Students at NC A&T State University, the nation's largest historically black college or university, recently spoke out against new congressional voting maps that leave their campus split into two districts.
Last month, a federal court ruled that Republican lawmakers had racially gerrymandered two of the state's 13 congressional districts and ordered lawmakers to redraw those district lines. Legislative leaders responded with some dramatic changes to the state's congressional maps and openly declared that their chief aim was to craft districts that would favor their own party.
"I acknowledge freely that this would be a political gerrymander, which is not against the law," Rep. David Lewis (R-Harnett) told the redistricting committee that he co-chairs.
While Republican legislators claim that race played no part in this latest round of redistricting, the new maps divide NC A&T's campus of over 10,000 students – a majority of whom are African-American – into the 6th or 13th districts. According to the students that spoke out last week, the split could dilute the voting power of the campus community and cause Election Day confusion at the polls.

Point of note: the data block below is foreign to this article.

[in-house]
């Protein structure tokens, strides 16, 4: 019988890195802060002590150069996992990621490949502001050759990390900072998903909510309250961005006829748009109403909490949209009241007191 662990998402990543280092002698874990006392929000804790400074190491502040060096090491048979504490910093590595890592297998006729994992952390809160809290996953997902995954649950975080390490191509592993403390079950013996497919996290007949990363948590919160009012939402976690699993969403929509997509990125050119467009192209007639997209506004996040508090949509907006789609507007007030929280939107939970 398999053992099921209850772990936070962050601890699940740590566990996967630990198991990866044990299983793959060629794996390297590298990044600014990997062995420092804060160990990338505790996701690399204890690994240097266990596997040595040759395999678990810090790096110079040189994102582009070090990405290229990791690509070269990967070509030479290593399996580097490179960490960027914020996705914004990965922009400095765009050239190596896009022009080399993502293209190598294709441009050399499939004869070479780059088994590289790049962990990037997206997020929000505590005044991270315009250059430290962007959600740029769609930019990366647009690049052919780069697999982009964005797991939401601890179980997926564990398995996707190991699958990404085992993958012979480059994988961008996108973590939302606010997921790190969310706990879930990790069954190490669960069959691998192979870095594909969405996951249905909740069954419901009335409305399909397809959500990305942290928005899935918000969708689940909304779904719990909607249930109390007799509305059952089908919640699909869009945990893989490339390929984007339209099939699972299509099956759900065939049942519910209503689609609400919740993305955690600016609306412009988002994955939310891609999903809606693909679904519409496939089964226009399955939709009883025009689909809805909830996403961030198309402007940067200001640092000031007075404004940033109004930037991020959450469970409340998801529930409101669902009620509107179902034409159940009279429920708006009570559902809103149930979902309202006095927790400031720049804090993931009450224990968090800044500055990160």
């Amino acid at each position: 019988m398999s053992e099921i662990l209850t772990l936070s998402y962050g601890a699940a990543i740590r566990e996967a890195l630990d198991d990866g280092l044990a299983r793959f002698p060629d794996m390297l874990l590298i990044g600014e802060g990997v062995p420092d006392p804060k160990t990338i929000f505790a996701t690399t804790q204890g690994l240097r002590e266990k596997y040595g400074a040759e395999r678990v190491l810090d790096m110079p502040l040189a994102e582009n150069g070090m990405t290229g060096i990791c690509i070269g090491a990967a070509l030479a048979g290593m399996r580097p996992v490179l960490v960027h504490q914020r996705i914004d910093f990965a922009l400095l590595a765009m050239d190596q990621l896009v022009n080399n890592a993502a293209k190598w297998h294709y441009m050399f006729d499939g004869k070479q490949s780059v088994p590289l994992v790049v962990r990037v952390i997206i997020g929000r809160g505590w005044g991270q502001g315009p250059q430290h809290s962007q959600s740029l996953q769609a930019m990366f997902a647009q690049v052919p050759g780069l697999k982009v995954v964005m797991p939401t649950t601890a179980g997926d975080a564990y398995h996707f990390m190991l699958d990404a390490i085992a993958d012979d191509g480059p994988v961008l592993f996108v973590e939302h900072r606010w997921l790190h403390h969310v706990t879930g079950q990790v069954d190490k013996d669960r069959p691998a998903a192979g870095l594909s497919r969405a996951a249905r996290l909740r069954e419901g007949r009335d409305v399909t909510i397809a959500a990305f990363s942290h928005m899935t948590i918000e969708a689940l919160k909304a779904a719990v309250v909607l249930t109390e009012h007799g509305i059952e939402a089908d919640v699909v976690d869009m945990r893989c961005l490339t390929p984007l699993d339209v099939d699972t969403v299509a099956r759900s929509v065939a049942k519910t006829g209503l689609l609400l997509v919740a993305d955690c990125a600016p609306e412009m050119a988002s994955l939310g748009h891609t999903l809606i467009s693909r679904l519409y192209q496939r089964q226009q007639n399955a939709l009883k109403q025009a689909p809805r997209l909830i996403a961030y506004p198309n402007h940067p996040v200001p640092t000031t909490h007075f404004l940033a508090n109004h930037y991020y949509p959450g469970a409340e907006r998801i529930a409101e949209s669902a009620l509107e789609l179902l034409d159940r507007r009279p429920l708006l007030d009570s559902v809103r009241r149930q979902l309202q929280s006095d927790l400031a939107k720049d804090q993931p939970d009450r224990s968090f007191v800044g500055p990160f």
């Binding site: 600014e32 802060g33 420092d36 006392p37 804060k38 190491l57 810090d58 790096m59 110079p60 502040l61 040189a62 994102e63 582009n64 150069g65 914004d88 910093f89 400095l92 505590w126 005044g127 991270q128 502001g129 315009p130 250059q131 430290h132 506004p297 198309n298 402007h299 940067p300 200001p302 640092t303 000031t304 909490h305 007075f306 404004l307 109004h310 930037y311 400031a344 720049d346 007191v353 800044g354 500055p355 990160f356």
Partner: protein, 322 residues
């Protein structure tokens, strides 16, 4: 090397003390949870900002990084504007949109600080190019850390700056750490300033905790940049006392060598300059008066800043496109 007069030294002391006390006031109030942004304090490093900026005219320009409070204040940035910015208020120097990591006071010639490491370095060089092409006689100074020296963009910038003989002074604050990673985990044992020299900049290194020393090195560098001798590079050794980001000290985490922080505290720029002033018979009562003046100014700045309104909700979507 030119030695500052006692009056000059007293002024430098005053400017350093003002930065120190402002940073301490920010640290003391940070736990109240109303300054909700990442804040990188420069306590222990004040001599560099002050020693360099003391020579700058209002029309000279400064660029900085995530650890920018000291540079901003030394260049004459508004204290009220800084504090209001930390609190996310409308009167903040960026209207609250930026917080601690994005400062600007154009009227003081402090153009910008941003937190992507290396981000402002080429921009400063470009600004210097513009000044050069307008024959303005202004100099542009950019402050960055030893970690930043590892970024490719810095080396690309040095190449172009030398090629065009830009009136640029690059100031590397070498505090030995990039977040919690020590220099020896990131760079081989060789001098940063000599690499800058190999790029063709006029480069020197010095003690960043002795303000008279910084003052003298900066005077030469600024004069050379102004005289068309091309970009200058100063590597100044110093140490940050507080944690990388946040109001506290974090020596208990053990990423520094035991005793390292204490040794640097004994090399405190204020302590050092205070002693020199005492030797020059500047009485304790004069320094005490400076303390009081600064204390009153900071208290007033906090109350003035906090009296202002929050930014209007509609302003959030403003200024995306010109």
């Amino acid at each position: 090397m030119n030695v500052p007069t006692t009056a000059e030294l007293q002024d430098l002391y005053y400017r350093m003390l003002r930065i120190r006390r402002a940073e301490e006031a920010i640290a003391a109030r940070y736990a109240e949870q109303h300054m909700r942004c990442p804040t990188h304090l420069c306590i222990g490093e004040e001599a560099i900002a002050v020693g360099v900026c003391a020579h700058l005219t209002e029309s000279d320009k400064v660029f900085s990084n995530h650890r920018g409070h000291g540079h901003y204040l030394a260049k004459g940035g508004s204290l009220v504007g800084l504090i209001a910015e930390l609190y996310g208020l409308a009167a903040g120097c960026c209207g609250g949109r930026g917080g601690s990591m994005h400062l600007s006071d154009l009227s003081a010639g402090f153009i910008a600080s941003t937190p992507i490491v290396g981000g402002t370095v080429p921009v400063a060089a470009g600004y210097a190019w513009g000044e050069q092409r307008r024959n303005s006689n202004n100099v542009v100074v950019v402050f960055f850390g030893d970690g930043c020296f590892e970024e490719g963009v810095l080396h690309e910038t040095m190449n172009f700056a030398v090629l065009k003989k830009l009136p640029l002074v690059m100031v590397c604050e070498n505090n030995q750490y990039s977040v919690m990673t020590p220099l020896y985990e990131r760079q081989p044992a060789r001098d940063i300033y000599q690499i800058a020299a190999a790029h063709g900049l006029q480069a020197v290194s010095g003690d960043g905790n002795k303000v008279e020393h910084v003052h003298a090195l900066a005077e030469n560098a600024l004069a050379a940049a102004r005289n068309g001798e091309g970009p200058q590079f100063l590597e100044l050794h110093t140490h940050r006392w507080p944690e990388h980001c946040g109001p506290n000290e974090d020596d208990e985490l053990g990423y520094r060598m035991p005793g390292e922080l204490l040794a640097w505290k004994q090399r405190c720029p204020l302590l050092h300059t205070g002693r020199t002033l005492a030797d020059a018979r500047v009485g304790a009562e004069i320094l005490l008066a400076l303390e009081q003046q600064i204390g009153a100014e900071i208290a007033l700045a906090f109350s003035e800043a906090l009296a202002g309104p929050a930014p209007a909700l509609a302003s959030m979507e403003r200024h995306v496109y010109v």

"With this university being split into two congressional districts, it undermines and diminishes its political influence and its lobbying power," said Aleecia Sutton, a student at NC A&T State University and a Democracy Fellow with Common Cause North Carolina.
Nhawndie Smith said dividing the campus could discourage her fellow A&T students from casting a ballot. "How can I vote knowing that my vote won't even have power?" Smith said.
The new congressional maps could face additional judicial scrutiny. But regardless of the outcome in the court case, Dominique Sanders of Common Cause North Carolina says there is one sure way to protect all voters from gerrymandering: moving to an independent system of redistricting.
"We've got to get partisan politics out of the redistricting process," Sanders said.